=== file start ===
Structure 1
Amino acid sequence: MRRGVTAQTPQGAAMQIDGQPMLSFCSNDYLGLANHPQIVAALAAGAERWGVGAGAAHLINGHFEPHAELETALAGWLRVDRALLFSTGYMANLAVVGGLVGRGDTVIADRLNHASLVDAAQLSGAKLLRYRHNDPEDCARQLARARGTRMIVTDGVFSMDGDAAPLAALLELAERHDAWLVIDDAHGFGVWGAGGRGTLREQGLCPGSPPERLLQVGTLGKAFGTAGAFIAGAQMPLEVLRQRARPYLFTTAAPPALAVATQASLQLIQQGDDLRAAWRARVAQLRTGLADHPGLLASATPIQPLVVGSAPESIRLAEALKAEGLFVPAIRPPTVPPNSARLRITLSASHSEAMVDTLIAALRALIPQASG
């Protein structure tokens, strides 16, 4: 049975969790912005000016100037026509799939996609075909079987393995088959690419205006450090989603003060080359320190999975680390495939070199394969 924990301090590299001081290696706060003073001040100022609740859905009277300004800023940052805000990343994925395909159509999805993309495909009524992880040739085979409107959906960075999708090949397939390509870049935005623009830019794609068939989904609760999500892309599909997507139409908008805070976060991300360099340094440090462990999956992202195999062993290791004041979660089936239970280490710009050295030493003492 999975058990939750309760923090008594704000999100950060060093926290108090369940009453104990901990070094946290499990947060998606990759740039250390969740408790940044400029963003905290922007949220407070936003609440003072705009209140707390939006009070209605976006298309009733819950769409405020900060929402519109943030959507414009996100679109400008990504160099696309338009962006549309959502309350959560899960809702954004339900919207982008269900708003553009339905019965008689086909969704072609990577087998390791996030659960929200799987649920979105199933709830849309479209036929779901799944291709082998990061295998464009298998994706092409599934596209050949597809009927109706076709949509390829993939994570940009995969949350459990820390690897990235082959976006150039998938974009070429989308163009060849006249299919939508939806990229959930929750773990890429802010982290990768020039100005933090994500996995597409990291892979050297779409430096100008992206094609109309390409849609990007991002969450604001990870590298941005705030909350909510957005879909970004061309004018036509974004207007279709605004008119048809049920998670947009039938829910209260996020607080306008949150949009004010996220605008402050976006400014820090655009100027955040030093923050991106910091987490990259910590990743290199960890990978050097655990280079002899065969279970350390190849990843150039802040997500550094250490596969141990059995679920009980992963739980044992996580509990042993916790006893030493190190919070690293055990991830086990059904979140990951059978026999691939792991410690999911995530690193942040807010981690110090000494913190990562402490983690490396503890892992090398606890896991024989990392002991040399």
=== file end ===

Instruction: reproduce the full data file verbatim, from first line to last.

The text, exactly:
Structure 1
Amino acid sequence: MRRGVTAQTPQGAAMQIDGQPMLSFCSNDYLGLANHPQIVAALAAGAERWGVGAGAAHLINGHFEPHAELETALAGWLRVDRALLFSTGYMANLAVVGGLVGRGDTVIADRLNHASLVDAAQLSGAKLLRYRHNDPEDCARQLARARGTRMIVTDGVFSMDGDAAPLAALLELAERHDAWLVIDDAHGFGVWGAGGRGTLREQGLCPGSPPERLLQVGTLGKAFGTAGAFIAGAQMPLEVLRQRARPYLFTTAAPPALAVATQASLQLIQQGDDLRAAWRARVAQLRTGLADHPGLLASATPIQPLVVGSAPESIRLAEALKAEGLFVPAIRPPTVPPNSARLRITLSASHSEAMVDTLIAALRALIPQASG
């Protein structure tokens, strides 16, 4: 049975969790912005000016100037026509799939996609075909079987393995088959690419205006450090989603003060080359320190999975680390495939070199394969 924990301090590299001081290696706060003073001040100022609740859905009277300004800023940052805000990343994925395909159509999805993309495909009524992880040739085979409107959906960075999708090949397939390509870049935005623009830019794609068939989904609760999500892309599909997507139409908008805070976060991300360099340094440090462990999956992202195999062993290791004041979660089936239970280490710009050295030493003492 999975058990939750309760923090008594704000999100950060060093926290108090369940009453104990901990070094946290499990947060998606990759740039250390969740408790940044400029963003905290922007949220407070936003609440003072705009209140707390939006009070209605976006298309009733819950769409405020900060929402519109943030959507414009996100679109400008990504160099696309338009962006549309959502309350959560899960809702954004339900919207982008269900708003553009339905019965008689086909969704072609990577087998390791996030659960929200799987649920979105199933709830849309479209036929779901799944291709082998990061295998464009298998994706092409599934596209050949597809009927109706076709949509390829993939994570940009995969949350459990820390690897990235082959976006150039998938974009070429989308163009060849006249299919939508939806990229959930929750773990890429802010982290990768020039100005933090994500996995597409990291892979050297779409430096100008992206094609109309390409849609990007991002969450604001990870590298941005705030909350909510957005879909970004061309004018036509974004207007279709605004008119048809049920998670947009039938829910209260996020607080306008949150949009004010996220605008402050976006400014820090655009100027955040030093923050991106910091987490990259910590990743290199960890990978050097655990280079002899065969279970350390190849990843150039802040997500550094250490596969141990059995679920009980992963739980044992996580509990042993916790006893030493190190919070690293055990991830086990059904979140990951059978026999691939792991410690999911995530690193942040807010981690110090000494913190990562402490983690490396503890892992090398606890896991024989990392002991040399």